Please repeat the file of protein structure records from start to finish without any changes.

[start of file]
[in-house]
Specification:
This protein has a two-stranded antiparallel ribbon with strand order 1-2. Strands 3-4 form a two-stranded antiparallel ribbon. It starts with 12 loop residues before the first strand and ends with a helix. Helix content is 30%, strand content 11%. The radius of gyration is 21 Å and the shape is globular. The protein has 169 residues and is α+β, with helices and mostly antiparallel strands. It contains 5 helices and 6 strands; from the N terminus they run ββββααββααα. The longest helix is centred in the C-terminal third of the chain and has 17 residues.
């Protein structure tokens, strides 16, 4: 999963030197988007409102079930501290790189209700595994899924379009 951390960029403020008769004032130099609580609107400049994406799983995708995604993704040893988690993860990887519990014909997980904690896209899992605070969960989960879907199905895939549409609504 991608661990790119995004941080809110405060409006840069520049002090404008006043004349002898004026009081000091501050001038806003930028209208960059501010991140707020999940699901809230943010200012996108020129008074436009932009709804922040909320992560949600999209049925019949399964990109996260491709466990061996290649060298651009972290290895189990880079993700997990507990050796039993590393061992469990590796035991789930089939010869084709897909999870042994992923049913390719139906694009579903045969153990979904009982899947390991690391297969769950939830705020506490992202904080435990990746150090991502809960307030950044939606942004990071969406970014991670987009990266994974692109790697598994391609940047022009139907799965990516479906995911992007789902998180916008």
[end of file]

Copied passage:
[in-house]
Specification:
This protein has a two-stranded antiparallel ribbon with strand order 1-2. Strands 3-4 form a two-stranded antiparallel ribbon. It starts with 12 loop residues before the first strand and ends with a helix. Helix content is 30%, strand content 11%. The radius of gyration is 21 Å and the shape is globular. The protein has 169 residues and is α+β, with helices and mostly antiparallel strands. It contains 5 helices and 6 strands; from the N terminus they run ββββααββααα. The longest helix is centred in the C-terminal third of the chain and has 17 residues.
């Protein structure tokens, strides 16, 4: 999963030197988007409102079930501290790189209700595994899924379009 951390960029403020008769004032130099609580609107400049994406799983995708995604993704040893988690993860990887519990014909997980904690896209899992605070969960989960879907199905895939549409609504 991608661990790119995004941080809110405060409006840069520049002090404008006043004349002898004026009081000091501050001038806003930028209208960059501010991140707020999940699901809230943010200012996108020129008074436009932009709804922040909320992560949600999209049925019949399964990109996260491709466990061996290649060298651009972290290895189990880079993700997990507990050796039993590393061992469990590796035991789930089939010869084709897909999870042994992923049913390719139906694009579903045969153990979904009982899947390991690391297969769950939830705020506490992202904080435990990746150090991502809960307030950044939606942004990071969406970014991670987009990266994974692109790697598994391609940047022009139907799965990516479906995911992007789902998180916008």